Iulia Georgescu explains why rubidium is atomic physicists' favourite chemical element.
Rubidium (Rb) was discovered in 1861 by physicist Gustav Kirchhoff — perhaps better known for his work on electrical circuits — together with chemist Robert Bunsen, in Heidelberg. Using their newly invented spectroscope to investigate the composition of a variety of samples they came across new elements: first caesium (Cs) in mineral water and then rubidium in the mineral lepidolite. Both were named after the colour of their emission lines — sky blue (caesius) and red (rubidius), respectively.
Element 37 firmly belongs to group I of the periodic table, with characteristics similar to those of the other alkali metals. A soft metal with a low melting point (39.3 °C), it reacts violently with water — even more so than sodium (typically used in high-school demonstrations) and potassium (already too dangerous for this purpose) in agreement with the increasing energy of the valence electron as one goes down the column. The hydrogen gas produced during the reaction of rubidium with water ignites in air; in fact, rubidium itself can spontaneously ignite in air.
Rubidium proved well suited to low-temperature experiments. In the 1990s cheap commercial laser diodes — such as those used in CD players — operating close to the wavelength used to laser-cool rubidium (780 nm) became readily available. The rubidium vapour required for these experiments is generated at accessible temperatures, just above that of the human body. These factors, together with rubidium's laser-cooling-friendly atomic energy level structure, made it the atom of choice for many atomic physics experiments.
In the early summer of 1995 Eric Cornell and Carl Wieman first managed to cool 87Rb vapour down to 170 nK (pictured), thus observing the strange state of matter predicted to arise near absolute zero temperatures by Satyendra Nath Bose and Albert Einstein seventy years beforehand. Any number of bosons — particles obeying Bose–Einstein statistics — can occupy the same quantum energy state. When cooled close to absolute zero, bosonic atoms collectively huddle into the lowest energy state, forming a 'Bose–Einstein condensate' — a single quantum mechanical entity observable at the near-macroscopic scale. Cornell and Wieman shared the 2001 Nobel Prize in Physics with Wolfgang Ketterle, who a few months later made the first sodium Bose–Einstein condensate.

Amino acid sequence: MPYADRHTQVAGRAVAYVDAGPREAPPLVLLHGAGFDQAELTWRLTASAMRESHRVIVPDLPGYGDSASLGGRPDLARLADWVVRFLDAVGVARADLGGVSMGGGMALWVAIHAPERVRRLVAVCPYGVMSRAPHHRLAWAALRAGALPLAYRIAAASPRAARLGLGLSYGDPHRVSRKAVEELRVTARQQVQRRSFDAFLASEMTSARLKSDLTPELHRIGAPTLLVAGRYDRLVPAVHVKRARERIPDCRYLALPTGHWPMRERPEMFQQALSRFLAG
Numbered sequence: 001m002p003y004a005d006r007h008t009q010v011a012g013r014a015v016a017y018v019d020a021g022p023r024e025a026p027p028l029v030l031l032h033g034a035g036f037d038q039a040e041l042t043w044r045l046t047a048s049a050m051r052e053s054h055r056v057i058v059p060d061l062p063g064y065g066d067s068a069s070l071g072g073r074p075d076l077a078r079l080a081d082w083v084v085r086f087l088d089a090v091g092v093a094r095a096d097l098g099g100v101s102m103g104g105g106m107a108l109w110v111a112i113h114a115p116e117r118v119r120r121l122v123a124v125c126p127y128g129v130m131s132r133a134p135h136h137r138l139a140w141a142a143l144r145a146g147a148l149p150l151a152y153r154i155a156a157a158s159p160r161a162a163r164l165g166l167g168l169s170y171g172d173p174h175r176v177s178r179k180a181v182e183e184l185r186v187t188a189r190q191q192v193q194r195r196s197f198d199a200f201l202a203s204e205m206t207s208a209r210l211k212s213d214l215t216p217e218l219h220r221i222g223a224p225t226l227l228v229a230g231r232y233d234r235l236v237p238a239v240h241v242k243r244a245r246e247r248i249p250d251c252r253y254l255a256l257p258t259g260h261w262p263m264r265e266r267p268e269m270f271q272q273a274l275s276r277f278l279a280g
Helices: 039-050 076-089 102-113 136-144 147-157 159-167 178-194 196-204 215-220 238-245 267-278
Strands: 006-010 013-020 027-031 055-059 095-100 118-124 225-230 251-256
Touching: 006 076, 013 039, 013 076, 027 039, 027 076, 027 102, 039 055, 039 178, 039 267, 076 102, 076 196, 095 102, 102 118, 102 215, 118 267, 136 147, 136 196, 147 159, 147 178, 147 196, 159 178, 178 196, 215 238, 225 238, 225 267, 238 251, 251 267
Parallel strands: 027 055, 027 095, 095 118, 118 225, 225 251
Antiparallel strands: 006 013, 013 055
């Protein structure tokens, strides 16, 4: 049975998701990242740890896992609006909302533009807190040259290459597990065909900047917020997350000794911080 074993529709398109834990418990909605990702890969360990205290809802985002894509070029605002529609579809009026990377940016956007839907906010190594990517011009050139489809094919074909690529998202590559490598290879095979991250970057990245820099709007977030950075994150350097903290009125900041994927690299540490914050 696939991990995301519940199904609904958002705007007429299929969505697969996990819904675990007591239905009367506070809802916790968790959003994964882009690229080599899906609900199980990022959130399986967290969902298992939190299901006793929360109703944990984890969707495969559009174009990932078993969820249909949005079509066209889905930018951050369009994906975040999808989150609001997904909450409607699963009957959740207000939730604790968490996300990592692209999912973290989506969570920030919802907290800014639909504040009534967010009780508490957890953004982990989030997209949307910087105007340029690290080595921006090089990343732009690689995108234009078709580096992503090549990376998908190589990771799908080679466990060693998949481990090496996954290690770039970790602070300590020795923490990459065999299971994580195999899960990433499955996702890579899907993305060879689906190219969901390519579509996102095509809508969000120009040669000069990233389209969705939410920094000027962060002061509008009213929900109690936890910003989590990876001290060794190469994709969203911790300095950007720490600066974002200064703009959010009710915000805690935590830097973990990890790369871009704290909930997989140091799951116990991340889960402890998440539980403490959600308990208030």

In the past twenty years, rubidium Bose–Einstein condensates have enabled amazing progress in our understanding of quantum many-body phenomena and our ability to mimic exotic physics, like radiation emitted from black holes. Ultracold atomic gases are also key to technologies such as atomic clocks or sensors (gravitational, rotational, magnetic) with excellent sensitivity that exploit quantum mechanical effects.
Discovered together spectroscopically, caesium and rubidium currently both set our standards for time. The International System of Units' definition of the second is 9,192,631,770 periods of the transition frequency between two energy levels of 133Cs. For sixty years, since the first atomic clock, caesium has been the primary time and frequency standard. Rubidium clocks also make use of a hyperfine transition in the microwave region, and serve as secondary standards. However, their low cost, smaller size and greater stability make rubidium clocks ideal for many commercial applications including the Global Positioning System (GPS). Nowadays, rubidium clocks have been miniaturized to the size of a matchbox and still have uncertainties of just 10−12. To put things into perspective, the current record is held by the strontium-87 (87Sr) optical lattice clock at 10−18, meaning that the clock should be accurate to within a second in 15 billion years.
That may be a long time on the human timescale, but not for rubidium. It only has two naturally occurring isotopes, 85Rb and 87Rb, the latter is radioactive with a half-life of 48.8 billion years. It decays to stable 87Sr, which turns out to be a very useful process as it gives us another rubidium clock — a geological one, used in rubidium–strontium dating.
Because rubidium is reasonably abundant in the Earth's crust, to determine the age of a rock one can compare the ratios of both 87Rb and its decay product 87Sr to the naturally occurring 86Sr. First used by Otto Hahn in the early 1940s, this rubidium–strontium dating method is very reliable for very long timescales, for instance 4.5 billion years — the age of the Earth.
I hope you now agree that rubidium rocks.
About this article
Cite this article
Georgescu, I. Rubidium round-the-clock. Nature Chem 7, 1034 (2015). https://doi.org/10.1038/nchem.2407